Vibration - 2004 Ford Focus

Problem: Vibration together with a noise that sounds abrasive and destructive. Mechanics have failed me.

It feels like driving over the intense short rumble strips that are meant to tell you when a wheel is outside the traffic lane. I feel and hear it in any gear, whether I am moving or not, but hardly at all in Park or Neutral, and hardly at all when cruising at high speeds.

It is worst on the first drive of the day - much less on subsequent drives, even if the engine has been allowed to cool fully.

History: 1. When this began, less than 600 miles ago, I had the transmission checked, where I had warranty coverage. Found: No transmission trouble but a broken engine mount.

  1. I had the engine mount replaced (and two gaskets replaced because they had started to leak), together with Virginia’s mandated annual inspection - passed.

  2. Vibration lessened but continued and started to worsen. Within 3 days the engine stalled in traffic and THE NEXT DAY the “check engine” light came on. I went back to the same place. The ignition coil and spark plugs were replaced. Power returned, and no stalling or warning light, but the vibration persisted.

  3. One mechanic baffled: “What do you expect with 101K mileage and 16 valves?” - But this came up too fast to be ordinary wear and tear. What should I do?

Further details:2.0L Zetec E engine.

Is the engine light still on? It could be a couple things. Dirty MAF sensor or maybe even a temp sensor making the engine think it is always running cold. Also, a vacuum leak could cause your symptoms. A some test could be done to rule out the vacuum leak. You can clean the maf yourself with sensor cleaner. The temp sensor should throw a code, but not always. A scan tool could tell what temp it thinks it is running at. Lazy O2 sensors could also be a possibility.

No, the engine light is not still on. Next action apparently is to check the mass air flow sensor.

What is “a some test?” As a career technical writer, I hit the ceiling when someone uses an acronym without defining it?

Is there a test for the O2 sensor?

MAF is Mass Airflow Sensor. It is in the plastic piece of the air intake. It will get a brown coating on it and it should be shiny silver. The O2 sensors get lazy. Their values will bounce around and confuse the computer. The heater inside them goes bad. As far as I know, a scan tool is the only way to monitor them. If you do replace the O2 sensors, only use Ford OEM sensors.

Have the codes read at your local parts store and post them here. That should help better define a direction to look in.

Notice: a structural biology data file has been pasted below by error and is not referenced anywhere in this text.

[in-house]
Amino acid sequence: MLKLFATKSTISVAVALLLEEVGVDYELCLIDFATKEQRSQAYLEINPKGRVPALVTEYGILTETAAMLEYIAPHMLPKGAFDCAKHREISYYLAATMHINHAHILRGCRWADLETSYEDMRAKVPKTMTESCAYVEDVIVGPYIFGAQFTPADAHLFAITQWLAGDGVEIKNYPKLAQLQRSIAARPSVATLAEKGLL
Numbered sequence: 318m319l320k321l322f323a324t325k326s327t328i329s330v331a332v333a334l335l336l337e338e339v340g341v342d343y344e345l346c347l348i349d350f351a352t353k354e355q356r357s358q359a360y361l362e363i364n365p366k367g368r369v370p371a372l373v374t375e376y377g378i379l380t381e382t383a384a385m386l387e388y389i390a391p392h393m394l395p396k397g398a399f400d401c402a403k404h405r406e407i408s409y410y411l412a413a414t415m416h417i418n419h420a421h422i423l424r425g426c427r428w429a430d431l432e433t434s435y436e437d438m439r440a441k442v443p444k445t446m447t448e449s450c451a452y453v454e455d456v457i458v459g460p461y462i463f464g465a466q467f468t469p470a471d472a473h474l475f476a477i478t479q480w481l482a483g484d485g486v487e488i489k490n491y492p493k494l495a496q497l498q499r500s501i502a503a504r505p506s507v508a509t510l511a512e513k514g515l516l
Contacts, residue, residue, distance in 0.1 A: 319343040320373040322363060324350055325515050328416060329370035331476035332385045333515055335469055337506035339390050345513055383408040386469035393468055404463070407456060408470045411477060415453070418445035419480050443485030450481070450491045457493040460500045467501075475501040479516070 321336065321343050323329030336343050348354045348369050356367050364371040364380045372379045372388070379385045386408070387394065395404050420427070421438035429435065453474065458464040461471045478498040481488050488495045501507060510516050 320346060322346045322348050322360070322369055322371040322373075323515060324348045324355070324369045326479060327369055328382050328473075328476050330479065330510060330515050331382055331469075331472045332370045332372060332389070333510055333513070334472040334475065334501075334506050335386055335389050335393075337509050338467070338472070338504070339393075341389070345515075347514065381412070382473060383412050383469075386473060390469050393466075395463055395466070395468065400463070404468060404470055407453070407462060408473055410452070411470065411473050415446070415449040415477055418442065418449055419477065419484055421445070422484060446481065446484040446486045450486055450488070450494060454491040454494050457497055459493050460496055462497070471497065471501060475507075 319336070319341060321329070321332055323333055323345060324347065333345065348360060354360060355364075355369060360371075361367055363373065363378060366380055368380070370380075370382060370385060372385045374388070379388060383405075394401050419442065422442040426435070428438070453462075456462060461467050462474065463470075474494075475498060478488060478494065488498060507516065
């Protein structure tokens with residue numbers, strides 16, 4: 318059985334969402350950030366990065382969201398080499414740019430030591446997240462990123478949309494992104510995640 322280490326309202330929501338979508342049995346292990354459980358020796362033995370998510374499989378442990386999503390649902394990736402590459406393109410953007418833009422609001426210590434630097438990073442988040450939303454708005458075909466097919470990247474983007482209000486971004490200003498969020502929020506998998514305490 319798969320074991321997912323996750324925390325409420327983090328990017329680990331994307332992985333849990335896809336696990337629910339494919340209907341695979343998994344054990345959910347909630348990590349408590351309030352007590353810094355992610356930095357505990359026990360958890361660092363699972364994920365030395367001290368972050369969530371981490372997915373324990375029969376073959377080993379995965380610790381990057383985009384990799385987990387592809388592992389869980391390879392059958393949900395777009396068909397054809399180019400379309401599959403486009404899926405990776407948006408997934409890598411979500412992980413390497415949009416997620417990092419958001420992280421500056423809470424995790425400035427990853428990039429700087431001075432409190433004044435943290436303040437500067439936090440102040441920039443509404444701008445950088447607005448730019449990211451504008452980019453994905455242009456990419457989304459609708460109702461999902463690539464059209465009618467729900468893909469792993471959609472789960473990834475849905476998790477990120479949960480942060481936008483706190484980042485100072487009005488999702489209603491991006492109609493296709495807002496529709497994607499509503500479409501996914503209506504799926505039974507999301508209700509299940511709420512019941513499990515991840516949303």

That “baffled” mechanic? Avoid him.

Has anybody checked the harmonic balancer

A bad balancer could have numerous symptoms

Mass airflow sensor (MAF) is clean as a whistle.
A code read (done twice for good measure) came up clean - no codes registered, so that rules out the O2 sensor and the temp sensor.

So how does one test for a vacuum leak, and how does one test the harmonic balancer?

Basically the problem starts when I start out in the morning and persists even when the engine is warmed up, BUT

It is essentially gone for subsequent trips that day, even when the engine is allowed to cool down. Apparently it takes all of the oil to drain down into the pan (e.g. parked overnight) for the problem to recur.

Someone suggested that it might be fuel trouble, so I used injector cleaner to no avail. The next step would be to replace the fuel filter - a task that the Ford Motor Company has made criminally difficult via fastener lock tabs in extremely tight places. I don’t want to undergo this task unless someone says that this is a likely cause.

ANOTHER possibility. I went several days without driving and then checked the oil without starting. It was totally clean but about one pint OVER the full line. Again, I don’t want to drain and then refill if this won’t handle the vibration (I’m 74, and it’s COLD weather. Any suggestions on this?

Are you due for an oil change, and has it been changed since this all started. Your comment about sitting overnight and oil drainage has me wondering about the anti-drain back valve in the filter. Even so, that would only produce some clatter for a matter of a couple of seconds - unless your oil pump is not doing well or the pickup screen is a bit clogged.

Of course, I still don’t have a good feel for what you are describing either. If the car vibrates whether driving or at idle, then that points to engine mount issues. I know one mount was found faulty, but it’s often hard to identify a failed mount as the forces on them hide the defects. Of course, they also wouldn’t get better over the course of the day.

Solved - it WAS the fuel filter.
As I learned the hard way, don’t try to replace this yourself, particularly if you don’t have an hydraulic lift. I succeeded, but the details are gory.